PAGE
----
Asclepias amplexicaulis Smith - Clasping Milkweed
Family - Asclepiadaceae
Habitat - Sandhills, open woods, clearings, fields, roadsides.
Origin - Native to North America.
Other information - This attractive species can be found scattered throughout Alabama. The plant can be identified by its erect, glabrous stems, pink flowers, and clasping, opposite leaves. The margins of the leaves are also undulate-crispate which is a good character for identification.
The species epithet amplexicaulis derives from the Latin "ample(x)" meaning "to embrace" and "caul(i)" meaning "a stem" referring to the clasping leaves on the plant.
The genus name Asclepias is given in honor of "Aesculapius", who was an inspired physician that became a Roman and Greek demigod of healing and medicine. Aesculapius was so good at healing the sick that it was even believed he could give life to the dead. This rumor worried Hades (the ruler of the dead) and he complained to Zeus. Zeus feared that all men might become immortal and killed Aesculapius with a lightning bolt.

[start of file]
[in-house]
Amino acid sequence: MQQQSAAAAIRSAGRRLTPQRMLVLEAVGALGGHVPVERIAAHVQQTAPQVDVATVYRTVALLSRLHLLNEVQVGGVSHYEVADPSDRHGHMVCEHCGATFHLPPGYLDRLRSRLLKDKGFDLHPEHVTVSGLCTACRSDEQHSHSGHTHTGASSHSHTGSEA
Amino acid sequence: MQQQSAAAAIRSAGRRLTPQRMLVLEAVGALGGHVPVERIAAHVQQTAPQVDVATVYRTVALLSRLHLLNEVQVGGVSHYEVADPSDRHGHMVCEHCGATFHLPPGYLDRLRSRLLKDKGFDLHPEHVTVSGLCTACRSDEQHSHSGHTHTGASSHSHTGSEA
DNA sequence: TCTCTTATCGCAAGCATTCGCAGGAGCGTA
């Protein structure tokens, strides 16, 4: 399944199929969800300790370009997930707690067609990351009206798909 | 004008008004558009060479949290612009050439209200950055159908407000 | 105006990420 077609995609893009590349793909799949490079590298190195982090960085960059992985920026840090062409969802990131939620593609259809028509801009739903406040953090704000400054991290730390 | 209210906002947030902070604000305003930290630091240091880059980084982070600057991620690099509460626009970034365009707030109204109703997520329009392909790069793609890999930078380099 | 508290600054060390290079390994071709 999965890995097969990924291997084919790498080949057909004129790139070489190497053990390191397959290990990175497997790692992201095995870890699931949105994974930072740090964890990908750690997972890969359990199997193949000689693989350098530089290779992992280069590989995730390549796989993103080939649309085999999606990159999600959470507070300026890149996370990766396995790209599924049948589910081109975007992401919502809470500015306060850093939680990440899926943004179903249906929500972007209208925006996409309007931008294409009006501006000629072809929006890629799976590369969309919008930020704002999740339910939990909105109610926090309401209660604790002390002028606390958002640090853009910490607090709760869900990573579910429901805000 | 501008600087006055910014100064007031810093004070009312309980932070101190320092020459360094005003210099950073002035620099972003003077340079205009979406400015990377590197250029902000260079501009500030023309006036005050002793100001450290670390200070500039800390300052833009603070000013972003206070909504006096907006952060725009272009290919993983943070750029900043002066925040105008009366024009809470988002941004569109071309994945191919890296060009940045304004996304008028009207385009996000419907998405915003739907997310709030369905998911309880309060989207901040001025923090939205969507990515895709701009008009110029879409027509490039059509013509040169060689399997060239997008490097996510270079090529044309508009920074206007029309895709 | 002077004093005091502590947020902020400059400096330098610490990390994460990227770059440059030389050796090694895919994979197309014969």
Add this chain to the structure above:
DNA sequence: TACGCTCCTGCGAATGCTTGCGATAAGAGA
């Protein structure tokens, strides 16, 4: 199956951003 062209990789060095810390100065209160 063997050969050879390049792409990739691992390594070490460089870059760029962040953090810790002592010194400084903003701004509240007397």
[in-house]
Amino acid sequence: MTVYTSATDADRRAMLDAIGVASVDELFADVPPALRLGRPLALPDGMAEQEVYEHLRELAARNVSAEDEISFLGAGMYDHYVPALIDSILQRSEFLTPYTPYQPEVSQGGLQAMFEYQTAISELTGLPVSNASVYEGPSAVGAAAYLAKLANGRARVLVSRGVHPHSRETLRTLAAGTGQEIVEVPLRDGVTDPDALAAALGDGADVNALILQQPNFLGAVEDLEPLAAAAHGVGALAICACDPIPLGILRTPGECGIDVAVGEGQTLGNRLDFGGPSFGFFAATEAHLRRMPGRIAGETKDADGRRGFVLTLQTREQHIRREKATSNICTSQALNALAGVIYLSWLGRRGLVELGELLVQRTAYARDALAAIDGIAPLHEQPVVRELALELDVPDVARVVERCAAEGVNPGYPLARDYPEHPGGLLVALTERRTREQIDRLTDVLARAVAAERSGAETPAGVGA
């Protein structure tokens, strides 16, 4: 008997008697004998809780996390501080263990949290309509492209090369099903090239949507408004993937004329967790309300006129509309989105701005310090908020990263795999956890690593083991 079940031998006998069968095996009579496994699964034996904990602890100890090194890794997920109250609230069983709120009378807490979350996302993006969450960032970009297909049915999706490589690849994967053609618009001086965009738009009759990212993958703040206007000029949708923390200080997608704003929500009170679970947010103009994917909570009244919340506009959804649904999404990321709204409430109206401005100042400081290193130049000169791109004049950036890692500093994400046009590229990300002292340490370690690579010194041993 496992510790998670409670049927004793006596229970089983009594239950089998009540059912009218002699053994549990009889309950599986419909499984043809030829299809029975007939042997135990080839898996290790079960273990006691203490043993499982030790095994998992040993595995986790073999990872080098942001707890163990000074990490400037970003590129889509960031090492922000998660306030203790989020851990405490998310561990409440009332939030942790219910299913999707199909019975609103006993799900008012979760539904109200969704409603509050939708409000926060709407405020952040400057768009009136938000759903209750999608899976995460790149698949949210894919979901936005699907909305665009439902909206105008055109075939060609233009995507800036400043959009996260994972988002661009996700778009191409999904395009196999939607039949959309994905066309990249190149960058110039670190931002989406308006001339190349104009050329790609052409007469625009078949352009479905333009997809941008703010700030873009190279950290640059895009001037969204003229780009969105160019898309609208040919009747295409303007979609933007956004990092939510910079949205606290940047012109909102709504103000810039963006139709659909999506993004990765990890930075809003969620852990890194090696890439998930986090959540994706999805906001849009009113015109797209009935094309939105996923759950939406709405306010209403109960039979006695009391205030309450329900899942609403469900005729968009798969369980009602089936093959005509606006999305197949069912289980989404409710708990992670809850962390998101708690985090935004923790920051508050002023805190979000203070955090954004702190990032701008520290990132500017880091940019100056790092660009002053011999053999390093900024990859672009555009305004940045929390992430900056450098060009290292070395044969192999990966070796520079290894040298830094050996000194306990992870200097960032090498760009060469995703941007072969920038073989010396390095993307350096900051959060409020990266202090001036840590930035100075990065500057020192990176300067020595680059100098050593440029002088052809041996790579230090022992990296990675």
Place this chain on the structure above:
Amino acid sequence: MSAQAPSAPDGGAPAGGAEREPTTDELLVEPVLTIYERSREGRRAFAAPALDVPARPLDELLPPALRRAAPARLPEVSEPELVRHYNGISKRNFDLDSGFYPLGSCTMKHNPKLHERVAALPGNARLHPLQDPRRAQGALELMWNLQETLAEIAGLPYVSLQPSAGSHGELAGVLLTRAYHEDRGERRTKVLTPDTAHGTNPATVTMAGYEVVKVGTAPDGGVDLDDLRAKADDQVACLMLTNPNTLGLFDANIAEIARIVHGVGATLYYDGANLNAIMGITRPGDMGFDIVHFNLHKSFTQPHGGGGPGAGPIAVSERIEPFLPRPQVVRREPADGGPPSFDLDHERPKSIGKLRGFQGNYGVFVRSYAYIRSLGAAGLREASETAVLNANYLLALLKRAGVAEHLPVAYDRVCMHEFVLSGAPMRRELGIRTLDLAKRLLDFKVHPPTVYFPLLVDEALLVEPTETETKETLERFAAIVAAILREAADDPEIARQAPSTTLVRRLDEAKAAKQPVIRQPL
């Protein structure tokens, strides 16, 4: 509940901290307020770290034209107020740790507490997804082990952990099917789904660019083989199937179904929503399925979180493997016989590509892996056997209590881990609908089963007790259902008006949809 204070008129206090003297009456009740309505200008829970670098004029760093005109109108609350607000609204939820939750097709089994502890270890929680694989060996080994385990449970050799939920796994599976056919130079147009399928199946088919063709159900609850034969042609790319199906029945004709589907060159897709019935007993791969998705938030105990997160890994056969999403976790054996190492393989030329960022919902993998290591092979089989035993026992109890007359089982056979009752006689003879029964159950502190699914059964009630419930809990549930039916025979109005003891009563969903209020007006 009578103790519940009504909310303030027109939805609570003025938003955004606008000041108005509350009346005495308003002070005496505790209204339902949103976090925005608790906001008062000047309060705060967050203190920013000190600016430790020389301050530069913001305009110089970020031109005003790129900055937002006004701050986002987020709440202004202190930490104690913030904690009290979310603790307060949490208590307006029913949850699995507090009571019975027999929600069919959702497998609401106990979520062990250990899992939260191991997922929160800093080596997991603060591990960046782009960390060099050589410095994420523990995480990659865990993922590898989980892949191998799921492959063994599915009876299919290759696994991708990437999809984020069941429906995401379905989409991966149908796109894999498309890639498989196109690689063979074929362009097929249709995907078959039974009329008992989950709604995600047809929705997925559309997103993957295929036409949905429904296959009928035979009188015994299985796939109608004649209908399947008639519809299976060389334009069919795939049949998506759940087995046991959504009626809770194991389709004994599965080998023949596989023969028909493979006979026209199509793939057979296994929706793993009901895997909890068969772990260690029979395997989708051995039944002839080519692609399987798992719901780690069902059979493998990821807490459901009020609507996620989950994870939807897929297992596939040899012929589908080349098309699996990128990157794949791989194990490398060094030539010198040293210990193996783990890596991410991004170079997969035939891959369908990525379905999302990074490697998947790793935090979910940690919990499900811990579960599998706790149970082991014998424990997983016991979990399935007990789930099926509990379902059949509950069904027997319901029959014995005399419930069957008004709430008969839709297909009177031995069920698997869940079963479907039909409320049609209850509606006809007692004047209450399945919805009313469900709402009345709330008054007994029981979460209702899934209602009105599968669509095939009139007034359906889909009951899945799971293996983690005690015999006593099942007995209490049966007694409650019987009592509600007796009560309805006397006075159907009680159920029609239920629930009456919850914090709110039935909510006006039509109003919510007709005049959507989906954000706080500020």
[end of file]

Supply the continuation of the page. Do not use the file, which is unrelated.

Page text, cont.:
The ancient symbol of Aesculapius is a snake coiled around a wooden staff. This symbol has become the traditional symbol of medicine seen today. In the book of Genesis, Moses held up a serpent on a staff as an example of Christ, to heal the Jews.
Photographs taken at Fort Benning, GA., 5-15-05.